Perl 6 is now available in a preview release, Rakudo Star. Why has it taken ten years to get there and is Perl 6 even relevant any more?
Given Perl is something of a religion, a mystic religion at that, the release of the long awaited Perl 6 is a big event. Don't get excited though - it hasn't happened yet! What has been released is a preview Rakudo Star which is described as "a useful and usable" distribution of Perl 6. The release is aimed at adventurous developers who want to be early adopters of Perl 6.
Perl 6 is odd because unlike upgrades to most programming language it doesn't even have backward compatibility on its list of target features - although there is a general spiritual intent to "keep Perl 6 Perl".
The design of the new language started in 2000 when Larry Wall (designer of the original Perl language) gave the State of the Onion speech at the Perl conference. The whole enterprise appears to be completely mad to the outsider - requests for comment were converted into a series of Apocalypses - the name means "revealing" - and then, because of inconsistencies, these were replaced by Synopses and a set of Exegeses - each a commentary on the language design.
At may Perl conferences since the running joke has been that Perl 6 would be out by Christmas - of course Christmas which year was never revealed. Recently (OSCON 2010) Larry Wall once again promised Christmas as the release date for Perl 6 but also hinted that a usable version might be available in July. He also introduced a new mascot for Perl - the hideous Camelia.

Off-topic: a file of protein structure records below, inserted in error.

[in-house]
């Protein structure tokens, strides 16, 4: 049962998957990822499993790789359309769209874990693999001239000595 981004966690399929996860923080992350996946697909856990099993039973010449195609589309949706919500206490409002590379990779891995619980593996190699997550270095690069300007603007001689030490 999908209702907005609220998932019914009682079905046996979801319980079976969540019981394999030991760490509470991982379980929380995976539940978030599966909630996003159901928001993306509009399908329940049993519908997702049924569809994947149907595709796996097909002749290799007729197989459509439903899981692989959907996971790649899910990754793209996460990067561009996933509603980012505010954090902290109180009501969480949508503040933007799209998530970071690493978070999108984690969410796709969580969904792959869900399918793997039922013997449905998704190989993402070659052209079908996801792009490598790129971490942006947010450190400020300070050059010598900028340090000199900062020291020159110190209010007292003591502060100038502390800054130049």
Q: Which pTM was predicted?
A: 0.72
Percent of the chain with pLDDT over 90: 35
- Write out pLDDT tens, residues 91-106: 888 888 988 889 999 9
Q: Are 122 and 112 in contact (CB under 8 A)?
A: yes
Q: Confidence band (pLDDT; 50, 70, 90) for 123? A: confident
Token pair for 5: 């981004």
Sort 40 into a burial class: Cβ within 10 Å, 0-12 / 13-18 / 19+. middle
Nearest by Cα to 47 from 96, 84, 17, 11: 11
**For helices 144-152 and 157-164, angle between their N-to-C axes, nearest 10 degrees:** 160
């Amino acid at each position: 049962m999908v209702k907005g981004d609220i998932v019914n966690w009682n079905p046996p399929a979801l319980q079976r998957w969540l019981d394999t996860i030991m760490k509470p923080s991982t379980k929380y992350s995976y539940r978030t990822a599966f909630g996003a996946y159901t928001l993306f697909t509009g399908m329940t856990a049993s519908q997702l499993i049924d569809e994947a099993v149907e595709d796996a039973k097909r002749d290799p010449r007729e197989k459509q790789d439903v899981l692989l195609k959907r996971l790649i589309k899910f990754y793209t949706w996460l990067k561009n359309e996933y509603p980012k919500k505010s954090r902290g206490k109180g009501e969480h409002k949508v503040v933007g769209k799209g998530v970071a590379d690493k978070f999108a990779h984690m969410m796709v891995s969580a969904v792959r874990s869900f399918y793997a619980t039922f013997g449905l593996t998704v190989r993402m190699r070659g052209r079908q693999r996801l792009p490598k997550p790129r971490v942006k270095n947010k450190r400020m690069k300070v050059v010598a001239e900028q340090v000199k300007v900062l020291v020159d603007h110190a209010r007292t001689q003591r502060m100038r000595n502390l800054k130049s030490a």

Rakudo Star incorporates many of the features of Perl 6 including introspection, object modeling, junctions, auto-threading etc.. but there are many missing features - binary objects, non-blocking I/O etc. Rakudo state that
we do not consider Rakudo Star to be a "Perl 6.0.0" or "1.0" release
The real question is will anyone care that Perl 6 or something resembling it has now been released? Perl 5 is still a vigorous and active language used for lots of big and small projects but there are now languages that have a clearer philosophy than Perl and just as enthusiastic supporters.
It isn't good that Larry Wall doesn't really seem to be clear about Perl 6. As reported by PC World he engaged in a humorous play act with his wife dressed as an angel and son dressed as a devil discussing the issues. For example:
"Are Perl 5 and Perl 6 really the same language?" he polled the audience, offering no definitive answer himself. Instead, he concluded, "I'm really really good at not deciding. When a question is raised on a mailing list, not deciding is often the most important decision I can make."
Is Perl 6 simply a language that has lost its way?
This might be the simplest reason for the ten year wait for the first generally available, if incomplete, release.
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